Candidates for Wisconsin governor tout their cheapness as they promise to cut state spendingBy AP
Tuesday, October 5, 2010
Wis. governor candidates compete to be cheapest
MADISON, Wis. — Democratic gubernatorial candidate Tom Barrett took a page out of Republican Scott Walker’s play book in his most recent television ad, claiming to be “one of the cheapest guys on the planet.”
Walker has based his entire campaign on his personal frugality, calling it a “brown bag movement” because he claims to pack the same ham and cheese sandwiches nearly every day for lunch. The Milwaukee County executive has promised to bring the same conservative approach to cutting state spending and balancing the budget, which now has a $2.7 billion shortfall.
A fundraising letter from Walker’s wife, Tonette, sent out earlier in the campaign included the line, “Scott calls himself frugal or fiscally conservative. I sometimes call him cheap.”
In Barrett’s ad, which began airing last week, the Milwaukee mayor looks directly at the camera and says, “As my wife can tell you, I’m one of the cheapest guys on the planet, and proud of it.”
Barrett campaign spokesman Phil Walzak said Tuesday the spot was in response to negative ads being run by Walker and the Republican Governors Association in an attempt to portray Barrett as a big spender.
“Why does Scott Walker get to corner the market on cheapness?” Walzak said.
Asked to cite examples of Barrett’s cheapness, Walzak said he doesn’t like to pay for parking and drives a 2001 Ford Taurus with about 75,000 miles on it.
In addition to talking about his proclivity for brown bag lunches, Walker also ran an ad earlier in the campaign showing him behind the wheel of his car, which has more than 100,000 miles on it.
Both candidates have said they want to cut government spending to help balance the state budget.
Barrett also uses his latest ad to make an appeal to viewers about the spots being run against him.
“When it comes to the negative ads, I trust you to separate fact from fiction,” he says.
Both Barrett and Walker, as well as outside groups on both sides, have run numerous negative ads in the race. The campaigns said the latest round of ads were airing in numerous markets statewide, but they wouldn’t release details on how much they were spending to buy TV time.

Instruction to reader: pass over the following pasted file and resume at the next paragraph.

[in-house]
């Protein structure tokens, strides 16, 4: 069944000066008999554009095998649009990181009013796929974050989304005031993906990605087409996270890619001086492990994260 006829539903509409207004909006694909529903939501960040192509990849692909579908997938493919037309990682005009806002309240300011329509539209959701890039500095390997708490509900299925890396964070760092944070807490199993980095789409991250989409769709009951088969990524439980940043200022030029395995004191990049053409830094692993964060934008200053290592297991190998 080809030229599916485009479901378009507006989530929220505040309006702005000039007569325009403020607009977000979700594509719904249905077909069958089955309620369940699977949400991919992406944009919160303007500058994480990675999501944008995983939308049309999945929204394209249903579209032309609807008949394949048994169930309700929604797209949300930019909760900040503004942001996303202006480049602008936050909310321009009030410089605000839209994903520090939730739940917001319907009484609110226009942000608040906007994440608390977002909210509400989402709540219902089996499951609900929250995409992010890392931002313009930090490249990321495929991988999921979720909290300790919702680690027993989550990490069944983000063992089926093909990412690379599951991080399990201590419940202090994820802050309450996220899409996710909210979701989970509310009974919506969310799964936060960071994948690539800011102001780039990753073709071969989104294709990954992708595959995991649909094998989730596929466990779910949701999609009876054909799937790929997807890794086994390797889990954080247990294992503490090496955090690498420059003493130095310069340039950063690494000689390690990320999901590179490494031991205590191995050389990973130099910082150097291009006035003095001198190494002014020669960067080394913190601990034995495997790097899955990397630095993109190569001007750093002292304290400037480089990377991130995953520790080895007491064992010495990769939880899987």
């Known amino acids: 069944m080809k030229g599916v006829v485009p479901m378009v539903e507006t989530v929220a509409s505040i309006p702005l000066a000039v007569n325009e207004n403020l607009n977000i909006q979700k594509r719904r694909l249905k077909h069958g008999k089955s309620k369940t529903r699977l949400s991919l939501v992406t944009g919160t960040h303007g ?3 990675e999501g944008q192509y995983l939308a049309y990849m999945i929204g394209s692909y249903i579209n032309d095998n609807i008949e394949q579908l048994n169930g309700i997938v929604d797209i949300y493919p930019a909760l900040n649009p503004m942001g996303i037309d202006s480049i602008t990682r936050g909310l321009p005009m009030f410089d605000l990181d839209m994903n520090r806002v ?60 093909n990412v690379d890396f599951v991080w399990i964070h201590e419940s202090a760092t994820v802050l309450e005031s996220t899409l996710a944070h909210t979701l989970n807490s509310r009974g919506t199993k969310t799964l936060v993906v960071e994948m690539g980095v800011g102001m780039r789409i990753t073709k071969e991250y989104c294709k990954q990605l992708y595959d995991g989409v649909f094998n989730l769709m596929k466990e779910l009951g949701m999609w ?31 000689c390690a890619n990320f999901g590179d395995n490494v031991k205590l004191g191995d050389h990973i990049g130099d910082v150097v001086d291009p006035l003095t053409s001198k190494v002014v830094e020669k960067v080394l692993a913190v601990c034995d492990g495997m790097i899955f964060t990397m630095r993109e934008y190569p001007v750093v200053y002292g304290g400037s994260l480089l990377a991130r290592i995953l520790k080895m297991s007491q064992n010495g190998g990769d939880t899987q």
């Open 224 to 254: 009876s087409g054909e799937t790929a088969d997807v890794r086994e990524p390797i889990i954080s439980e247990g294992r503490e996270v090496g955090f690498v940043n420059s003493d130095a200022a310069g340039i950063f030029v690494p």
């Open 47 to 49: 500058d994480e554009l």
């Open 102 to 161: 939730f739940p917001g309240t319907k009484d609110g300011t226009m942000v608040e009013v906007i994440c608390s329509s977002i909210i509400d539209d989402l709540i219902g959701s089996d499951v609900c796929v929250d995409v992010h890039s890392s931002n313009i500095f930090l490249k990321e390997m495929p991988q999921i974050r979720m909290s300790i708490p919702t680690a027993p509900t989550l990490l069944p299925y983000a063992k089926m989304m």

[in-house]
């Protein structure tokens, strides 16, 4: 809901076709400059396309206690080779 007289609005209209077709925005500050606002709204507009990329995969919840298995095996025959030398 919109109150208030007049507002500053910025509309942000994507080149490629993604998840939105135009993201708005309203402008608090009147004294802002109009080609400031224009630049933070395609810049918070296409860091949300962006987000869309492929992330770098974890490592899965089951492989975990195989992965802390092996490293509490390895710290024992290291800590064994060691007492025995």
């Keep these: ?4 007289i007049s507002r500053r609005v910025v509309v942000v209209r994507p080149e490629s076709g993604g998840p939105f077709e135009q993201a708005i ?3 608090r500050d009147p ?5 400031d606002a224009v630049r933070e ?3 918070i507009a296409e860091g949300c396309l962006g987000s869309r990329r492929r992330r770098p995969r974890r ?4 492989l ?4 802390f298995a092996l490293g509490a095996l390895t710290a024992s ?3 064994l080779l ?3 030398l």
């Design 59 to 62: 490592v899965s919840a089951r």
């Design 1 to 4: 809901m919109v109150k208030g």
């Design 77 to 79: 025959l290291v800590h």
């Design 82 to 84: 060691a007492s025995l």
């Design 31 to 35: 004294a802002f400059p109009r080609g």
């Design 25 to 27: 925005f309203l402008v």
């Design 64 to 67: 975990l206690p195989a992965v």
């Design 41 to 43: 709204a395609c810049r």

Polls show Walker leading Barrett a month away from Election Day.
Walker’s campaign manager Keith Gilkes said it was hypocritical for Barrett to speak out against attack ads when his campaign has run several against Walker, including one on the air now.
That ad claims Walker’s mismanagement led to more debt in Milwaukee County and the state taking over management of its welfare programs. It features stories from the Milwaukee Journal Sentinel, but the visual images include fake front pages.
Walzak said techniques used in the ad were common for political campaigns and the arguments made are factual. Walker’s campaign sent television stations a letter Tuesday asking them to pull the ad.
For his part, Walker has a new spot touting his job-creation plan and saying that Barrett supported a “radical environmental agenda” because he voted for a fuel tax in 1993 as a member of Congress and signed a letter as mayor in support of the Kyoto Protocol, which aimed to reduce greenhouse gases.
Neither became law or resulted in any job losses.
But Walker claims in the ad that both would have caused the loss of 100,000 jobs in Wisconsin.
Walzak said the estimates were highly suspect and because no jobs were losses, saying they could have been misleads viewers.
While that ad attempts to paint Barrett as a radical environmentalist, another spot Walker’s running makes Barrett out to be a polluter because of problems with Milwaukee’s sewer system.
Walzak accused Walker of being a hypocrite for making conflicting claims. Gilkes, with Walker’s campaign, said the ads weren’t contradictory and were meant to show that Barrett hasn’t solved the sewer problem and also supports environmental policies that would hurt job creation.
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